Washington National Cathedral: Limited to families or small groups fewer than 15 people. No advance reservation is necessary other than obtaining a ticket for this tour from your Senator or Congressman- this special tour option is available as long as the desired date and time falls within the following operation guidelines: Tours are early-morning tours offered only at 9 a.m. on Mondays and Wednesdays, except on Ash Wednesday, Independence Day federal holiday, the day before Thanksgiving, Christmas Eve, Christmas Day, New Year's Eve (or the Monday/Wednesday before Independence Day holiday, Christmas and New Year's Eve), and the entire month of January. Occasionally there are special events at the Cathedral that will prevent the Cathedral from offering this tour, with very little "lead time." Tours are free, but the Washington National Cathedral requests donations.
For those wishing to enter one of the United States Service Academies, you need a nomination from a member of Congress. The nomination process is highly competitive. Individuals interested in applying need to contract their Senators or Congressman early. These student applicants are eligible for admission to the Military, Naval, Air Force and Merchant Marine Academies.
U.S. flags may be purchased through Senators' or Congressmen's offices. These flags are flown over the Capitol building. With enough advance notice, it is possible to have your flag flown on a specific date. Be sure to indicate the desired flying date on the order form. Allow at least 4-6 weeks for delivery.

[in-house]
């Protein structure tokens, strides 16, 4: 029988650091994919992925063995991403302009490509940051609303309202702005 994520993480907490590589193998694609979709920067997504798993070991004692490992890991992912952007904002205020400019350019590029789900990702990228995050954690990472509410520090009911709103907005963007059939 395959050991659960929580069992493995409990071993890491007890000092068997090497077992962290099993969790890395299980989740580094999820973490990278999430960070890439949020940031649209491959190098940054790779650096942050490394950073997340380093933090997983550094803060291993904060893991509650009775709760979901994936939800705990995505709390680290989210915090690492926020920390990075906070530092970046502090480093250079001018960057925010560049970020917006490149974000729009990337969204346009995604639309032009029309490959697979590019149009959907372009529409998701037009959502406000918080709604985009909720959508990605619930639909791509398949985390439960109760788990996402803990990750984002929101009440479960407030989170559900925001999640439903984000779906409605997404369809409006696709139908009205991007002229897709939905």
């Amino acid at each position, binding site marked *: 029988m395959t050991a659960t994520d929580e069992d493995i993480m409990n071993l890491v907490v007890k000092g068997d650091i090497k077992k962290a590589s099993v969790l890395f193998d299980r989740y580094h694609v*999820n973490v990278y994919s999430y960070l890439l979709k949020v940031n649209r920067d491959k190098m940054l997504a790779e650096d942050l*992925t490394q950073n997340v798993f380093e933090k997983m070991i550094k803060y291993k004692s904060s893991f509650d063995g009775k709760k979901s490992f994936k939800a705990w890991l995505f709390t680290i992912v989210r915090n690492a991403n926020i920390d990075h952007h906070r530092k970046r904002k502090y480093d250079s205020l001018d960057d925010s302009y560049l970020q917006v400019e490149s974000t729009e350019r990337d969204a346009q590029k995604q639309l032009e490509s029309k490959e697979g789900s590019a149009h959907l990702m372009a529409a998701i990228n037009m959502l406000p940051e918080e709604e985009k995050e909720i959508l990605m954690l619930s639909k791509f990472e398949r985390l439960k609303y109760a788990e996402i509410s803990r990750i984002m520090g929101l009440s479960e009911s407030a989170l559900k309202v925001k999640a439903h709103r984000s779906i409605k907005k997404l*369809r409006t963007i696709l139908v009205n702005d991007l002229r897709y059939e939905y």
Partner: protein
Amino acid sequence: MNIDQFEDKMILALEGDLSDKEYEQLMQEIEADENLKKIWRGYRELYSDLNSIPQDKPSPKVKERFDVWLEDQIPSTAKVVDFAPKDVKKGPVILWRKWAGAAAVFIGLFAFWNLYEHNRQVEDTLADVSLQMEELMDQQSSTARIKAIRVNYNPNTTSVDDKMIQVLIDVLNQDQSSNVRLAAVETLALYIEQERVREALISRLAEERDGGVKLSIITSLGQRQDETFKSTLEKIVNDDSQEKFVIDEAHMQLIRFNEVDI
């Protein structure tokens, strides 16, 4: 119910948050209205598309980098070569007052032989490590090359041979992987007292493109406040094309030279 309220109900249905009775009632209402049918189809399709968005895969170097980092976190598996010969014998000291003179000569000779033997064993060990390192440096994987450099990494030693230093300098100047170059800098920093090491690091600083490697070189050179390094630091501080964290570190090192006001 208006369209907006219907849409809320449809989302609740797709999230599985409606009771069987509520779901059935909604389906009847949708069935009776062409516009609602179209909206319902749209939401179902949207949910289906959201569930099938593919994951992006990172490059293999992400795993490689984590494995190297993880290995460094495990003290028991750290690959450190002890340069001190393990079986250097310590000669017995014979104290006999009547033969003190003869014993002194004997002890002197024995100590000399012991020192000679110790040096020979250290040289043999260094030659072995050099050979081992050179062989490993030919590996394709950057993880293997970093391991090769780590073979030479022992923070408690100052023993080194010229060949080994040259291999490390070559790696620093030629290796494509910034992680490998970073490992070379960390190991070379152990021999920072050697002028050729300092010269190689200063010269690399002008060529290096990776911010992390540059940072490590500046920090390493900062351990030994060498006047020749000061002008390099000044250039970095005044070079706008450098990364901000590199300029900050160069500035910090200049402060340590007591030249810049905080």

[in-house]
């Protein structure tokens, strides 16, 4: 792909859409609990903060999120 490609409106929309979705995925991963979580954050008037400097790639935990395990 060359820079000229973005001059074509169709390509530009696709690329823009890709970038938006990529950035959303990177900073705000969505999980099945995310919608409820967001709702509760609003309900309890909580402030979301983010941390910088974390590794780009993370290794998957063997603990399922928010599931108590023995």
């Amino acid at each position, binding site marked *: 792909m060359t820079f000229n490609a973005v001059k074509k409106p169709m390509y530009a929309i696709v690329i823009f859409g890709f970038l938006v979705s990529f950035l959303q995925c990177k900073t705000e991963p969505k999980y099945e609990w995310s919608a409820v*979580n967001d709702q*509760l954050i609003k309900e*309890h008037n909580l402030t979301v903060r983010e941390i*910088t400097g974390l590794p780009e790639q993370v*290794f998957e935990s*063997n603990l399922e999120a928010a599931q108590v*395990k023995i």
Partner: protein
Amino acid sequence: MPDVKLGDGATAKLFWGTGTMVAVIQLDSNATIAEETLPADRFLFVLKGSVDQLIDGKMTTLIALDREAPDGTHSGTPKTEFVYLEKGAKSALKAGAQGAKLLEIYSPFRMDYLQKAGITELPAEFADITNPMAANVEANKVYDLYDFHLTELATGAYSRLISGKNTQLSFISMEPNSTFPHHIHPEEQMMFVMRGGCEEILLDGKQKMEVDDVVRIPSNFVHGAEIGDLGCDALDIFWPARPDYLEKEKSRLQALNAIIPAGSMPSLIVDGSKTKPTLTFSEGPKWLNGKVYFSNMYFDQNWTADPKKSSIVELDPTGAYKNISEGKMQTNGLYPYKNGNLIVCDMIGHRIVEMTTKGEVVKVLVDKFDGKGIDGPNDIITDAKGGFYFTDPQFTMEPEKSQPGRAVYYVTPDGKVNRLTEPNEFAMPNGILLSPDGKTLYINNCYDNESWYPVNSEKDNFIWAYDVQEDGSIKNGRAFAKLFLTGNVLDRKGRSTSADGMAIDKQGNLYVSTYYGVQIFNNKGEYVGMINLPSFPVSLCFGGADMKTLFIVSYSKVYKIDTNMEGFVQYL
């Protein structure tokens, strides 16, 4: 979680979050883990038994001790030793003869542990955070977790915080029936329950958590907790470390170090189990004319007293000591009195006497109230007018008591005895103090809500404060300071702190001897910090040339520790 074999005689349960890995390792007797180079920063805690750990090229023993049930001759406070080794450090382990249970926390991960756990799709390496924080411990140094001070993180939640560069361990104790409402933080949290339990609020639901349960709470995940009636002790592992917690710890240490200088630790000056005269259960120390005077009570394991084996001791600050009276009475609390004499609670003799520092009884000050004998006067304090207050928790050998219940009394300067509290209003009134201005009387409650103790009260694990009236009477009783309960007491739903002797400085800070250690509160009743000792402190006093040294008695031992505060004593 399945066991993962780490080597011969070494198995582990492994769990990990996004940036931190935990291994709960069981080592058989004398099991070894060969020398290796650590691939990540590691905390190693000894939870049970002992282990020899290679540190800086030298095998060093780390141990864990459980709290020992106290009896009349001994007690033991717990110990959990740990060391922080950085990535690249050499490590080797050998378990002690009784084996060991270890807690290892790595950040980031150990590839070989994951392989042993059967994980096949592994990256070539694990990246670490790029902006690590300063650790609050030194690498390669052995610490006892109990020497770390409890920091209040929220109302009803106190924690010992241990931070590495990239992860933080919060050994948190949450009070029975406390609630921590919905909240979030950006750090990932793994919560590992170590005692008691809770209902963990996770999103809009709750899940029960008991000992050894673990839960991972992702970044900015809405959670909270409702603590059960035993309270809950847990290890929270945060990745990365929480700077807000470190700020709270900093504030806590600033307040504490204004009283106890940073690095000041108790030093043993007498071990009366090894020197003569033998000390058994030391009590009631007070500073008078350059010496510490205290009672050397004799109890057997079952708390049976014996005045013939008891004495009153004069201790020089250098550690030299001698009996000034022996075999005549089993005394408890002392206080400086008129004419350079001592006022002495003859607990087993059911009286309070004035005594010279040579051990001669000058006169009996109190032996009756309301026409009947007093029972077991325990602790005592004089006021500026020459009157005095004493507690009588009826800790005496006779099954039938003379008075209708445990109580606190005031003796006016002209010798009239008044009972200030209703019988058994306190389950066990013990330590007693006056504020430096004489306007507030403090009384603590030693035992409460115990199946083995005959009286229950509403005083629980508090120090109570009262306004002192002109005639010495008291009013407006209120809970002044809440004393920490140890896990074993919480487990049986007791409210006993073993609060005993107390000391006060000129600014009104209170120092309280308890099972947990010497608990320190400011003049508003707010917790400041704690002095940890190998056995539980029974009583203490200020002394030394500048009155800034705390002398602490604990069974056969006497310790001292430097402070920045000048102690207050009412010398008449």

Dream of working at the White House- maybe even as President? Many Senators and Congressmen offer summer internship opportunities in Washington, DC to students who are enrolled in college prior to their application for employment. The internship program is an exciting introduction into politics. If you are interested in applying contact your senators or Congressman to learn about the application process.
Congress offers positions for high school students to serve as Pages during their junior year of High School. To be qualified to serve as a Page, all applicants must be at least 16 years of age at the time his/her appointment begins and have a cumulative grade point average of a B or better in the five major subjects. Fall and Spring applicants may only service for one semester. Completed applications must be received by early may to be considered for sponsorship. Contact your Senators' or Congressman's office to learn about the application process and exact deadline.
Now is your chance to put your vote to use and get some direct benefits from your elected officials. Remember, they want to do you a favor, so that you and your family will vote for them again come election time.